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# 11.4: Transmission Lines in General

Relations similar to Equations (11.3.8,11.3.9, and 11.3.10) are valid for a transmission line constructed of arbitrarily shaped conductors. In the general case it is convenient to describe the properties of a lossless line in terms of the inductance per unit length, L Henries/m, and the capacitance per unit length, Figure $$\PageIndex{6}$$: Schematic diagram of a general transmission line. The line is characterized by an inductance per unit length, L Henries/m, and a capacitance per unit length, C Farads/m.

C Farads/m. One can write the appropriate transmission line equations using ordinary circuit theory. If the current on the line changes with time there will be a voltage drop in going from z to z+dz along the line, see Figure 11.4.6). This drop in potential is due to the line inductance. One can write

$\text{dV}=-\text{Ldz}\left(\frac{\partial \text{I}}{\partial \text{t}}\right) . \nonumber$

Thus it follows that

$\frac{\partial \text{V}}{\partial \text{z}}=-\text{L}\left(\frac{\partial \text{I}}{\partial \text{t}}\right) .\label{11.22}$

If the potential difference between the two conductors on the transmission line changes with time the current at z+dz will be a little smaller than the current at z because some current is shunted through the capacitive coupling between the electrodes. Therefore

$\text{d} \text{I}=-\text{Cdz}\left(\frac{\partial \text{V}}{\partial \text{t}}\right) ,\nonumber$

or

$\frac{\partial \text{I}}{\partial \text{z}}=-\text{C}\left(\frac{\partial \text{V}}{\partial \text{t}}\right) .\label{10.23}$

Notice the similarity in form between Equations (\ref{11.22} and \ref{11.23}) and Equations (11.2.1 and 11.2.2). The above two equations can be combined to give

\begin{align} \frac{\partial^{2} \text{V}}{\partial \text{z}^{2}} &=-\text{L} \frac{\partial^{2} \text{I}}{\partial \text{t} \partial \text{z}}=\text{L} \text{C} \frac{\partial^{2} \text{V}}{\partial \text{t}^{2}} \label{11.24} \\ \frac{\partial^{2} \text{I}}{\partial \text{z}^{2}} &=-\text{C} \frac{\partial^{2} \text{V}}{\partial \text{t} \partial \text{z}}=\text{L} \text{C} \frac{\partial^{2} \text{I}}{\partial \text{t}^{2}} \nonumber \end{align}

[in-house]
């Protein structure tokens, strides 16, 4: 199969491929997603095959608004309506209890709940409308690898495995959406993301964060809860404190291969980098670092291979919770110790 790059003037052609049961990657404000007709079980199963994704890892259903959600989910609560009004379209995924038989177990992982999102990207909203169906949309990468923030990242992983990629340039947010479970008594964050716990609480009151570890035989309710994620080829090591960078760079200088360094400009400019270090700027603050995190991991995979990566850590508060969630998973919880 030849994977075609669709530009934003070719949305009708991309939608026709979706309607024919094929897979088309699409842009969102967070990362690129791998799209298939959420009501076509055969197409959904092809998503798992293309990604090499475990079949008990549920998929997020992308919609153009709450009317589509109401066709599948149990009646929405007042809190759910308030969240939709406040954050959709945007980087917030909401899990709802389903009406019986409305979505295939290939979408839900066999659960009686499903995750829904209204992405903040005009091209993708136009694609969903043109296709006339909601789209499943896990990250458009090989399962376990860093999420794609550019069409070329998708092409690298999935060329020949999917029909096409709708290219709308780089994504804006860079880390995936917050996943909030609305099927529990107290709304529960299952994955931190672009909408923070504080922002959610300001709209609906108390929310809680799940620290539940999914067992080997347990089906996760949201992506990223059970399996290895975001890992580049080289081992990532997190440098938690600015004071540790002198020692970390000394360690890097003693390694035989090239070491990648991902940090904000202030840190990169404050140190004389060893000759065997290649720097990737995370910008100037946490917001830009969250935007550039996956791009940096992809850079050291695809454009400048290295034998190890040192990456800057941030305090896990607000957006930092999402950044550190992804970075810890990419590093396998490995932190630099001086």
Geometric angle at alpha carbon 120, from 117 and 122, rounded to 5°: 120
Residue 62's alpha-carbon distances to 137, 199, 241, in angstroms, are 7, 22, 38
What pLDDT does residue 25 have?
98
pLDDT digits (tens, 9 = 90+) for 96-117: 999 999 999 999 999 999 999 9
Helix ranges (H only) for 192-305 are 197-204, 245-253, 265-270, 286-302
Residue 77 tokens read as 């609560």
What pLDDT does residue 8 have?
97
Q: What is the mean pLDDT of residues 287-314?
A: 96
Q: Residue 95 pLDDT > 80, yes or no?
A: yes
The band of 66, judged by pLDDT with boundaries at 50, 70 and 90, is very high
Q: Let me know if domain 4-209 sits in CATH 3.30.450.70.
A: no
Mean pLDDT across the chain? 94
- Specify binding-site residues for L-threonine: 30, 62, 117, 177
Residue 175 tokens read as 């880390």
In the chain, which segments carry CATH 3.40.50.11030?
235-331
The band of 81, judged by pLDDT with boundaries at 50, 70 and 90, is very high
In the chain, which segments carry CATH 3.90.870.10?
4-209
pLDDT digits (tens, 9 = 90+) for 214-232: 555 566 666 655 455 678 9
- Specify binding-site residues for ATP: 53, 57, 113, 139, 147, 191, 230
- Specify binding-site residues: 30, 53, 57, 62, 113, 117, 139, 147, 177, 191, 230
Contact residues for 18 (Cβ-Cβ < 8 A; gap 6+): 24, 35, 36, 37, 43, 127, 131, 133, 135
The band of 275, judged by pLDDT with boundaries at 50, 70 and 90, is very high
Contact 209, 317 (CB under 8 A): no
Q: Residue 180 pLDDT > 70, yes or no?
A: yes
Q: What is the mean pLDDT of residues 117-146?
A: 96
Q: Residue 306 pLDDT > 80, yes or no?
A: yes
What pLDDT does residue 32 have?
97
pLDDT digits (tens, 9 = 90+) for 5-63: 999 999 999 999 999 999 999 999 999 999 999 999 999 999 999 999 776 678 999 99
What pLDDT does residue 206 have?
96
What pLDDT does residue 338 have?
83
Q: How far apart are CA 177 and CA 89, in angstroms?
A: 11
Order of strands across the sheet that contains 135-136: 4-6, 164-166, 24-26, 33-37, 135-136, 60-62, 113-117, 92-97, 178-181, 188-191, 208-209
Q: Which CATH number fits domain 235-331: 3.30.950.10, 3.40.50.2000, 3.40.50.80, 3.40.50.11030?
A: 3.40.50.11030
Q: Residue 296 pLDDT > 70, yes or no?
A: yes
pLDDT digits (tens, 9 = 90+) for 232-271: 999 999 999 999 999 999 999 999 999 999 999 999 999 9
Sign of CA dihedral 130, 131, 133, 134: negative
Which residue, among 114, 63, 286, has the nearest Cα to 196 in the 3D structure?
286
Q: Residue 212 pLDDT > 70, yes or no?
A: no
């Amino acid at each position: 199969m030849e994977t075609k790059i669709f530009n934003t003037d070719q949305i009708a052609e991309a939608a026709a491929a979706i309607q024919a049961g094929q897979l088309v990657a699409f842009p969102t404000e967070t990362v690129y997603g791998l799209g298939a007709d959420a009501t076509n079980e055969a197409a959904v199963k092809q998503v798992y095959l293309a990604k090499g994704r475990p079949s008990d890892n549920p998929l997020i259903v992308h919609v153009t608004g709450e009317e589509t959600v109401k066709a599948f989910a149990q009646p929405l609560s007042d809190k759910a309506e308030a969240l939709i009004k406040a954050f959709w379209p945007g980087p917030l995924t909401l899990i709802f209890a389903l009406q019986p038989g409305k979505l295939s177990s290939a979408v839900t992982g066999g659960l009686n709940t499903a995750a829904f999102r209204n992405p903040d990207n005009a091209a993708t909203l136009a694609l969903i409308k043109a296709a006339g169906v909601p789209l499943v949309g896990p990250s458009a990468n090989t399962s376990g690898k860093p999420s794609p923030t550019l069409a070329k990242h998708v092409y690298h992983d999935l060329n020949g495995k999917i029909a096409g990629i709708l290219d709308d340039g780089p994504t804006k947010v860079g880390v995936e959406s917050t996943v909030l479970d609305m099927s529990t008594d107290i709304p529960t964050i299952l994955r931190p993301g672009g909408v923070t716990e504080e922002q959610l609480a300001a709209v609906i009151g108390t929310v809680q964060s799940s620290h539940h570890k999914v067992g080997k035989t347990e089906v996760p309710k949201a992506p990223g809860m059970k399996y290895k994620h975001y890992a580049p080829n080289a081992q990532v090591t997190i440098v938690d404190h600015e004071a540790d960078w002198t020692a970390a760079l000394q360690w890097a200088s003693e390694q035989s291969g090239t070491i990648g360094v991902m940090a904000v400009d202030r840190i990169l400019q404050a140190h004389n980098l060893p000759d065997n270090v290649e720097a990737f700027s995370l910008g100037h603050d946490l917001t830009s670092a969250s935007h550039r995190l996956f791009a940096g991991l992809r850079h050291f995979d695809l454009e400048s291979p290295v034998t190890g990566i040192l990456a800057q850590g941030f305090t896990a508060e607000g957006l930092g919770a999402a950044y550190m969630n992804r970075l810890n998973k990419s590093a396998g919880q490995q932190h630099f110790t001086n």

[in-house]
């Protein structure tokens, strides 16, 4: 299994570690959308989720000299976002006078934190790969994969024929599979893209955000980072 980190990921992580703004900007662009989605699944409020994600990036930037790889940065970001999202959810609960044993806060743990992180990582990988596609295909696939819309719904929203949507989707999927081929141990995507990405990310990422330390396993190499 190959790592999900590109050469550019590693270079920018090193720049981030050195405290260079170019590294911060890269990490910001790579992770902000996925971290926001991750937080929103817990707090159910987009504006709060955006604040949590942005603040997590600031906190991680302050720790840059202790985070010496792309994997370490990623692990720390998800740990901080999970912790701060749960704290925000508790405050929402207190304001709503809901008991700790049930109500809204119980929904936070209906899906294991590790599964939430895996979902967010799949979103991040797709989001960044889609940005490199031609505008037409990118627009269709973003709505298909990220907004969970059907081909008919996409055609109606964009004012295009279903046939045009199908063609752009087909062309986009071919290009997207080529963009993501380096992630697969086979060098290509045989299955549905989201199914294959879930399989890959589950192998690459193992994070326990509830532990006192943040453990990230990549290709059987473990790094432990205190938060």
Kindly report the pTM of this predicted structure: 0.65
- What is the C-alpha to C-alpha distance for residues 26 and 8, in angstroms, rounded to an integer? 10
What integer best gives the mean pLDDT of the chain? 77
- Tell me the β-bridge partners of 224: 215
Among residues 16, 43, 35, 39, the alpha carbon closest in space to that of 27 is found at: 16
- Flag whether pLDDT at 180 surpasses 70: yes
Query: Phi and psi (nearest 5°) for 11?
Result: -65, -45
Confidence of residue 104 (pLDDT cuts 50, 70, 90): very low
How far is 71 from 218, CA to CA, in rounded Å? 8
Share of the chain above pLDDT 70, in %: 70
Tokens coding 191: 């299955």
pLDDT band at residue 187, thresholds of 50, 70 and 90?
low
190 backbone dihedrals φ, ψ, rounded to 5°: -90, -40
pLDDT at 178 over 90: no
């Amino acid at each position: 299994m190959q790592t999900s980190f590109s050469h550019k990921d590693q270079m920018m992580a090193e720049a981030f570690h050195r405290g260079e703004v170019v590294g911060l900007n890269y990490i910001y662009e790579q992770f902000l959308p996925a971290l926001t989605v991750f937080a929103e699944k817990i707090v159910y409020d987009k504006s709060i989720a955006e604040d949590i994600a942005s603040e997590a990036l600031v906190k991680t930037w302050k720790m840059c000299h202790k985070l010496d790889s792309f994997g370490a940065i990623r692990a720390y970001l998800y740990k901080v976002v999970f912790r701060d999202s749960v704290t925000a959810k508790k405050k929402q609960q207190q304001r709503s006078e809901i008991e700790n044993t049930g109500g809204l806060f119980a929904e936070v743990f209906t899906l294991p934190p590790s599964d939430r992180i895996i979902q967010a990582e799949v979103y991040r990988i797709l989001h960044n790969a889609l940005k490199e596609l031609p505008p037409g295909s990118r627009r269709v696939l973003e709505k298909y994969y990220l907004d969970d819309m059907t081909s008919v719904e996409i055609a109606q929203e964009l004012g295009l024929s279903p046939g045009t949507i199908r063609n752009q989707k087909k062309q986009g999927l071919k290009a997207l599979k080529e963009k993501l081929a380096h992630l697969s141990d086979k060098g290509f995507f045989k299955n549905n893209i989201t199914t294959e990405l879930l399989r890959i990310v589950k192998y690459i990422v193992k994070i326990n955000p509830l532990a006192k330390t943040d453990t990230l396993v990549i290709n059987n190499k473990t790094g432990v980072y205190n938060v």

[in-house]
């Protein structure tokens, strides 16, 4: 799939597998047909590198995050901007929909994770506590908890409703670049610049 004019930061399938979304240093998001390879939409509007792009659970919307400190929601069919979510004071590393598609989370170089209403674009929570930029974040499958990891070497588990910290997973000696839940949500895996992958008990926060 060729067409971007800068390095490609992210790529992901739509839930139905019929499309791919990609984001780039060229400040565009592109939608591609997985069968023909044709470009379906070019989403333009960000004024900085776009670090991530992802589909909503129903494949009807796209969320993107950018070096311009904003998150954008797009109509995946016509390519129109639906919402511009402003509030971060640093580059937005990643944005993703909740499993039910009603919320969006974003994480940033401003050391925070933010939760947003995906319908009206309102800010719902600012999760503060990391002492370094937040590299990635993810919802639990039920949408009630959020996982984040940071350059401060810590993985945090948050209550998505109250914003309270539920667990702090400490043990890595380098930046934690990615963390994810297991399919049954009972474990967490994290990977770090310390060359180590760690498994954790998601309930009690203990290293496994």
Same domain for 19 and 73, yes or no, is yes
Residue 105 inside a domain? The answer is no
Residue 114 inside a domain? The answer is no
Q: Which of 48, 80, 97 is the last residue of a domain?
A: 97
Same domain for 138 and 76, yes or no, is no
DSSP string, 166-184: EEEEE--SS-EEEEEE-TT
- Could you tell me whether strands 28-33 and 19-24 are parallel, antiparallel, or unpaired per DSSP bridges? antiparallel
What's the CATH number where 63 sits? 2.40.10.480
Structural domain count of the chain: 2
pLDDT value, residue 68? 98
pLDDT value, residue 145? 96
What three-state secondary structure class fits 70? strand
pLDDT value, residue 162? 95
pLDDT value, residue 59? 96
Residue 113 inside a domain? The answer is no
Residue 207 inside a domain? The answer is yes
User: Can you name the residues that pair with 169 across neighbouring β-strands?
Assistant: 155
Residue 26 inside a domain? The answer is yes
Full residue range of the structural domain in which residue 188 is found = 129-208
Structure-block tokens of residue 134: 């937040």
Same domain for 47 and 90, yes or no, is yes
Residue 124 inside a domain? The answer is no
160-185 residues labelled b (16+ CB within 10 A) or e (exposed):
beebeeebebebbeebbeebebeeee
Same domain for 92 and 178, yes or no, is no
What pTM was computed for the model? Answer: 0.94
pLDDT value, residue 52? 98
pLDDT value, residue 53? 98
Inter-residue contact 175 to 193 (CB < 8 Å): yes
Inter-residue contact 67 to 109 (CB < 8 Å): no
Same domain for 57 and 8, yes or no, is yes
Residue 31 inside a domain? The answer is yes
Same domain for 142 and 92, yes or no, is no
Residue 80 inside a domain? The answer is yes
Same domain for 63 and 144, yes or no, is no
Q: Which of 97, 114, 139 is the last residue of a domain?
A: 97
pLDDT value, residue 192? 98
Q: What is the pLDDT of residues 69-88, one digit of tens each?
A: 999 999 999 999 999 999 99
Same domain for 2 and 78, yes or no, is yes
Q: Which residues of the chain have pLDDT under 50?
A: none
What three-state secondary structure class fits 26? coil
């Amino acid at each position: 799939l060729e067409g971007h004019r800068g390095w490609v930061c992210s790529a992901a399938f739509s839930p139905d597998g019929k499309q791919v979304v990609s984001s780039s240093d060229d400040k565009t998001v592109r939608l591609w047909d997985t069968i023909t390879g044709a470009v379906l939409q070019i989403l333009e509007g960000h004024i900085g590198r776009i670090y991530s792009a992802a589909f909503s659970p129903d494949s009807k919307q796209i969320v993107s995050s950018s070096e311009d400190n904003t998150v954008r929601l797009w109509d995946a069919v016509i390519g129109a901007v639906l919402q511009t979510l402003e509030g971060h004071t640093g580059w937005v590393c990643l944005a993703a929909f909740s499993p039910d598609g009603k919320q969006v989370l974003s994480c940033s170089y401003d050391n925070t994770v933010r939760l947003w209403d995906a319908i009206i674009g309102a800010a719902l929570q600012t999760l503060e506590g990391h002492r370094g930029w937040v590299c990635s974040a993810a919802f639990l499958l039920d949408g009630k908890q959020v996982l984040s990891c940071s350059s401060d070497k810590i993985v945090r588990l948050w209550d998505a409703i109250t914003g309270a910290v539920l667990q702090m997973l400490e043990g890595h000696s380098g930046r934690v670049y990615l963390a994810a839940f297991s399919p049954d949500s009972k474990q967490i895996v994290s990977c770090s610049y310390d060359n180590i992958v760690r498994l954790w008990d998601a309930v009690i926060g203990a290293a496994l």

Notice that these equations have the same form as do Equations (11.3.8). It follows from this similarity that

$\text{LC}=\frac{1}{\text{v}^{2}} \nonumber$

or

$\text{v}^{2}=\frac{1}{\text{LC}}. \label{11.25}$

The velocity of propagation along the transmission line is independent of the line geometry and is determined only by the dielectric constant and the permeability of the medium that carries the electric and magnetic fields that characterize the propagating disturbance. For a uniform medium

$\text{v}^{2}=\frac{1}{\epsilon \mu} . \nonumber$

It follows from this, plus Equation (\ref{11.25}), that

$\text{LC}=\epsilon \mu , \label{11.26}$

a relation that is not a priori obvious. It also follows from Equations (\ref{11.22} and \ref{11.23}) that the characteristic impedance of the line is given by

$\text{Z}_{0}=\text{L} \text{v}=\frac{1}{\text{Cv}}=\sqrt{\frac{\text{L}}{\text{C}}} .\label{11.27}$

The characteristic impedance does depend upon the geometry of the transmission line.

It is perhaps worth emphasizing the physical picture of the manner in which a pulse of charge is propagated along a transmission line, see Figure (11.4.7). In Figure (11.4.7) the upper electrode has a positive potential with respect to the lower electrode in the region where the charge patch is located. The electric field is terminated by a patch of charge on each metal electrode surface: this charge is of one sign on the upper electrode and of opposite sign on Figure $$\PageIndex{7}$$: Pulses propagating along a transmission line. (a) A forward moving pulse. (b) A backward moving pulse.

the other electrode as shown schematically in Figure (11.4.7). The charge patches move down the line with the velocity v characteristic of the wave velocity in the medium between the electrodes. At any section of the line the current on either electrode is zero until the charge patch arrives. Current is the rate at which charge is transported past a particular point, therefore the current at some point on the electrode is the product of the velocity and the charge density per unit length of line. It is clear from Figure (11.4.7(a)), which depicts a positive voltage pulse moving to the right, that the current in the upper electrode will be positive, whereas the current pulse carried by the lower electrode will be negative because negative charge is flowing from left to right. Similarly, if the pulse is moving from right to left the current flow in the upper conductor will be negative because positive charges are flowing in the negative z direction. At the same time, the current in the bottom electrode is positive because negative charges are flowing from right to left. For a positive voltage pulse moving from left to right one adopts the convention that the associated current pulse is positive. For a positive voltage pulse moving from right to left one adopts the convention that the associated current pulse is negative.